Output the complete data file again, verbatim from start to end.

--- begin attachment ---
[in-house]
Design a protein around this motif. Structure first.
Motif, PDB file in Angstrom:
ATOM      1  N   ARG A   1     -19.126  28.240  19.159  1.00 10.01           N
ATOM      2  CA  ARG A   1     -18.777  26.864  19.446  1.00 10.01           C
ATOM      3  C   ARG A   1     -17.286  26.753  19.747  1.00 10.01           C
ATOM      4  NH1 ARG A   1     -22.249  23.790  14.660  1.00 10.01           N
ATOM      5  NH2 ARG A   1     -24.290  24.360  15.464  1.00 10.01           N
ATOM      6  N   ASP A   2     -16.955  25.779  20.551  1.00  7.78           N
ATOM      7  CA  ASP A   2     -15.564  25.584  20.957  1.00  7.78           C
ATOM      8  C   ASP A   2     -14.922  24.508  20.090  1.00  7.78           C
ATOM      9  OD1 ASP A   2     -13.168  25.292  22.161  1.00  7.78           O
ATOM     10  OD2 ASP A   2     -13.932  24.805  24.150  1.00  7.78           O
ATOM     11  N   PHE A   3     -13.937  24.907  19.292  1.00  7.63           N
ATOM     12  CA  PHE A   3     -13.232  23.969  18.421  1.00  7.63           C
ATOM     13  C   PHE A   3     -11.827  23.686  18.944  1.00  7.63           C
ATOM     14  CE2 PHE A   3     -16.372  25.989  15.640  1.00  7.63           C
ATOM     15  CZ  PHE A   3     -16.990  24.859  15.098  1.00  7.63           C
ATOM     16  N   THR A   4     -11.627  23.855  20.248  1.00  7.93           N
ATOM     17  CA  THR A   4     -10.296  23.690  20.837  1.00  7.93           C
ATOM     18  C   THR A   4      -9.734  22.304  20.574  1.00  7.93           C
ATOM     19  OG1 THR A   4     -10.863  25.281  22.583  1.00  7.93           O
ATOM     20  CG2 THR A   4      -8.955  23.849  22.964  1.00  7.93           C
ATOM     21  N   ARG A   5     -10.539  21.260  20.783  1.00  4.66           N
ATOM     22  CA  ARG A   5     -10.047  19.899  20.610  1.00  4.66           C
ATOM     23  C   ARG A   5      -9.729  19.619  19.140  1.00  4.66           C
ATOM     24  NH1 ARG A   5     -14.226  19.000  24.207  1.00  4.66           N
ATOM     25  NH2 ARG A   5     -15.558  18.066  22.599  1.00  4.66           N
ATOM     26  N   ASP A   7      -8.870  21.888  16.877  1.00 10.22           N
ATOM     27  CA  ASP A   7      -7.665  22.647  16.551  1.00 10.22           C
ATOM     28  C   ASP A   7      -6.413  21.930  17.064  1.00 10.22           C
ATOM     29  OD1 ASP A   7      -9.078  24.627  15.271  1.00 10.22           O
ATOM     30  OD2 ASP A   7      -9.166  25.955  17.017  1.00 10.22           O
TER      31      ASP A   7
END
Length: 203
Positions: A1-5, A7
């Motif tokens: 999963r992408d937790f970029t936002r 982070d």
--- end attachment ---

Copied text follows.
[in-house]
Design a protein around this motif. Structure first.
Motif, PDB file in Angstrom:
ATOM      1  N   ARG A   1     -19.126  28.240  19.159  1.00 10.01           N
ATOM      2  CA  ARG A   1     -18.777  26.864  19.446  1.00 10.01           C
ATOM      3  C   ARG A   1     -17.286  26.753  19.747  1.00 10.01           C
ATOM      4  NH1 ARG A   1     -22.249  23.790  14.660  1.00 10.01           N
ATOM      5  NH2 ARG A   1     -24.290  24.360  15.464  1.00 10.01           N
ATOM      6  N   ASP A   2     -16.955  25.779  20.551  1.00  7.78           N
ATOM      7  CA  ASP A   2     -15.564  25.584  20.957  1.00  7.78           C
ATOM      8  C   ASP A   2     -14.922  24.508  20.090  1.00  7.78           C
ATOM      9  OD1 ASP A   2     -13.168  25.292  22.161  1.00  7.78           O
ATOM     10  OD2 ASP A   2     -13.932  24.805  24.150  1.00  7.78           O
ATOM     11  N   PHE A   3     -13.937  24.907  19.292  1.00  7.63           N
ATOM     12  CA  PHE A   3     -13.232  23.969  18.421  1.00  7.63           C
ATOM     13  C   PHE A   3     -11.827  23.686  18.944  1.00  7.63           C
ATOM     14  CE2 PHE A   3     -16.372  25.989  15.640  1.00  7.63           C
ATOM     15  CZ  PHE A   3     -16.990  24.859  15.098  1.00  7.63           C
ATOM     16  N   THR A   4     -11.627  23.855  20.248  1.00  7.93           N
ATOM     17  CA  THR A   4     -10.296  23.690  20.837  1.00  7.93           C
ATOM     18  C   THR A   4      -9.734  22.304  20.574  1.00  7.93           C
ATOM     19  OG1 THR A   4     -10.863  25.281  22.583  1.00  7.93           O
ATOM     20  CG2 THR A   4      -8.955  23.849  22.964  1.00  7.93           C
ATOM     21  N   ARG A   5     -10.539  21.260  20.783  1.00  4.66           N
ATOM     22  CA  ARG A   5     -10.047  19.899  20.610  1.00  4.66           C
ATOM     23  C   ARG A   5      -9.729  19.619  19.140  1.00  4.66           C
ATOM     24  NH1 ARG A   5     -14.226  19.000  24.207  1.00  4.66           N
ATOM     25  NH2 ARG A   5     -15.558  18.066  22.599  1.00  4.66           N
ATOM     26  N   ASP A   7      -8.870  21.888  16.877  1.00 10.22           N
ATOM     27  CA  ASP A   7      -7.665  22.647  16.551  1.00 10.22           C
ATOM     28  C   ASP A   7      -6.413  21.930  17.064  1.00 10.22           C
ATOM     29  OD1 ASP A   7      -9.078  24.627  15.271  1.00 10.22           O
ATOM     30  OD2 ASP A   7      -9.166  25.955  17.017  1.00 10.22           O
TER      31      ASP A   7
END
Length: 203
Positions: A1-5, A7
């Motif tokens: 999963r992408d937790f970029t936002r 982070d």